Help: Partner is an alcohol and has de... - British Liver Trust

British Liver Trust

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Naomi425 profile image

Partner is an alcohol and has de compensated liver disease, (hepatology diagnoses him in July : still no follow up appointment) ascites and now I think he has varices. NHS being hopeless and he won’t complain. He is In agony (on codeine) spitting up blood and I don’t know what to do . (And to cap it off the local alcohol service says he should reduce his alcohol intake by5% a week. He drinks a bottle of wine a day and maybe the equivalent of 6 G&Ts. ). I am at my wits end as I cannot complain to the nhs as he doesn’t want me to but I can see him dying in front of me

18 Replies

He needs a medically assisted detox immediately it’s not safe to wean himself off at this point contact his doctor for help.

Take care


Naomi425 profile image
Naomi425 in reply to Boone81

I agree but I have no idea how to get him to persuade the gp or the alcohol service to do this

Boone81 profile image
Boone81 in reply to Naomi425

If his doctor doesn’t agree to a medical assistance than find a new doctor or take him to an emergency room at your local hospital they will be able to help he must realize that this is his last chance he must quit drinking. I sympathize with you both I know it’s not easy to quit but it must be done.

Good luck


Naomi425 profile image
Naomi425 in reply to Boone81

He knows he has to stop and he knows he needs medical supervision to do it . He went to a&e during lockdown about his ascites and pain and got sent home. The best we have got so far is some diuretics that are reducing his ascites a bit

Boone81 profile image
Boone81 in reply to Naomi425

I’m sorry to hear that it truly is not right I’m in Canada so I guess it must be different here my experience of going to the emergency room was much different once I explained I needed help to quit drinking they took great care of me.


Laura009 profile image
Laura009 in reply to Boone81

Hi Boone .

Our NHS does take amazing care of alcohol dependants with liver conditions as long as they can be strong enough to admit they are addicted and want help to quit. The councelling will get to the bottom of their addiction and the medics will work round the clock to do everything in their power to save their lives.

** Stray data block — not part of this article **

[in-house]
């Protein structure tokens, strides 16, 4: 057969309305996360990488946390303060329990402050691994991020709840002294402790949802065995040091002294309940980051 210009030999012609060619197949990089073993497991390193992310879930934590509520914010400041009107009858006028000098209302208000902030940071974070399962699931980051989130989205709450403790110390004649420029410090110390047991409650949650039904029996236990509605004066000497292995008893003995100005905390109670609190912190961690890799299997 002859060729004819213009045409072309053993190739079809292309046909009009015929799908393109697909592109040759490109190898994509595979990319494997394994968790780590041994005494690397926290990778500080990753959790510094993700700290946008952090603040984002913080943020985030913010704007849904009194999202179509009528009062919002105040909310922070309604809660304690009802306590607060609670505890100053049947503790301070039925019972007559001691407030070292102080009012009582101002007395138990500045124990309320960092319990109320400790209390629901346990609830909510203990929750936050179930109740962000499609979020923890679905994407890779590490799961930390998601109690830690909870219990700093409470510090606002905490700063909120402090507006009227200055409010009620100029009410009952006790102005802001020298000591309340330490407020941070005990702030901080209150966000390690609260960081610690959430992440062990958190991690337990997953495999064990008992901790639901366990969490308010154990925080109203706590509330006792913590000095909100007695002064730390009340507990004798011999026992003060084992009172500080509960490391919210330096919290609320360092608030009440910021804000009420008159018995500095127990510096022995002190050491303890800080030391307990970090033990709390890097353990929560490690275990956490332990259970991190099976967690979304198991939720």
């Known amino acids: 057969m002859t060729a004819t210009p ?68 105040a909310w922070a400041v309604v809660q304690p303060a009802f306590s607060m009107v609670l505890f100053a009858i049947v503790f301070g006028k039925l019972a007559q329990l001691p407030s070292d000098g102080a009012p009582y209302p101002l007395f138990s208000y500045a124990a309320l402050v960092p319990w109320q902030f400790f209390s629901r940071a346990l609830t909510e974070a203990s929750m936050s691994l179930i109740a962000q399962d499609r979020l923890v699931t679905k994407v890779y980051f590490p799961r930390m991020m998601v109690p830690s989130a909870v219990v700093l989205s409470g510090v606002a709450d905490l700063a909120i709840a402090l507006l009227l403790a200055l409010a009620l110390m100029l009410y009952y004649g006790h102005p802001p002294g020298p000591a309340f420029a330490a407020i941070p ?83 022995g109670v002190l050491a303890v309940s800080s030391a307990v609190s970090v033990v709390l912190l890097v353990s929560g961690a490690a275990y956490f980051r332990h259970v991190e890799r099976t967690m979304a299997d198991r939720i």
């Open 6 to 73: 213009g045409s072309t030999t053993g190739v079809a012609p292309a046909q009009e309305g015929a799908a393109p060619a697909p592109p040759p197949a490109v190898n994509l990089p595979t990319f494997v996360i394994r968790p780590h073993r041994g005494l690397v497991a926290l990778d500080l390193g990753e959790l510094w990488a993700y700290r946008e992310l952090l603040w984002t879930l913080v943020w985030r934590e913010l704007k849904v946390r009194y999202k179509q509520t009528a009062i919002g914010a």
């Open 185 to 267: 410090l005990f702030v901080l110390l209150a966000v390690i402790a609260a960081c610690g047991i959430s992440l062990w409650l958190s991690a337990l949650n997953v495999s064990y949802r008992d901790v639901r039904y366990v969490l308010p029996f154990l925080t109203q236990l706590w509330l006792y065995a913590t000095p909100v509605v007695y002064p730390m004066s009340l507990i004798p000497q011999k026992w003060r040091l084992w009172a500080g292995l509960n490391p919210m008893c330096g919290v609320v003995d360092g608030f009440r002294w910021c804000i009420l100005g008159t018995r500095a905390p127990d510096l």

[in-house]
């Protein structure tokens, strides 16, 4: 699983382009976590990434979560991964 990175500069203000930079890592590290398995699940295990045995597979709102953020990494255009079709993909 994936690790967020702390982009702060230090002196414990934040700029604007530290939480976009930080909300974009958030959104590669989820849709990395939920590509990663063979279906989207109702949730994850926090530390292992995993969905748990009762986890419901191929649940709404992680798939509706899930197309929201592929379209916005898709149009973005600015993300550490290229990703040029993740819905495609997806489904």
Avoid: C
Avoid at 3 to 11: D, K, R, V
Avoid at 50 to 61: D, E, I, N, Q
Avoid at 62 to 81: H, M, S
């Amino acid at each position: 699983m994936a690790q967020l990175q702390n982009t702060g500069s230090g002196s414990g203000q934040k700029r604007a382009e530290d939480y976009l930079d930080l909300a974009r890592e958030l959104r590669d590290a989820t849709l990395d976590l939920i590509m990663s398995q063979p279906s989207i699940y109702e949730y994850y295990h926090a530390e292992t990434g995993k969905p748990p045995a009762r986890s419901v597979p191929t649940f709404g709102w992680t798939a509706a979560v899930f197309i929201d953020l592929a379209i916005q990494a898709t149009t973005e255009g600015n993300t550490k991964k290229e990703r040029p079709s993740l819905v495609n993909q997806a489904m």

Best wishes

Laura ( love Canada 🇨🇦)

Hi Naomi.

Has your partner actually admitted to his GP that he is alcohol dependant and needs and wants help to give up? Until he does, the NHS are almost powerless other than treating the symtoms of his disease. However if you/he call 111 or even 999 and he himself admits this to them and that he has cirrhosis, it should get the wheels in motion for a detox and councelling to get him off the booze before it does kill him.

I know, it's a rough ride, not made any easier by covid. You will need to be incredibly strong and don't take no for an answer from him.

Please let us know how you get on.

Best wishes


Hi Naomi. Find out which hepatology consultant he is under at the hospital and call the consultants secretary in the NHS. You’ll get the name from switchboard and you might be passed around a bit but should be able to track her down. Tell her what you have written above, in particular stress the blood being coughed might want to exaggerate a bit to get her attention but it depends how comfortable you feel doing that. Say you need to speak with the consultant urgently. Unless he is sick or on leave there is no reason that shouldn’t be the same day. Keep calling, be a nuisance until you get that conversation

The nhs is under such stress at the moment that it is primarily ( and rightly) urgent cases that are being seen. If you sit back and wait you’ll have a long wait for sure

Best of luck.

Hi all, thanks for all your comments . Bit of an update and still some frustration: my partner agreed we should ring 999 as he was bleeding so much from his mouth. A&E were pretty good with the immediate symptoms and got to the bottom of some of his medical issues - low platelet count and low sodium levels. Sadly whilst in A&E partner didn’t do his normal screaming In agony. I complained to doctor about alcohol service only advising harm reduction but he was unwilling to do anything.

Anyway partner has appointment with ambulatory care on Wednesday so will see what happens then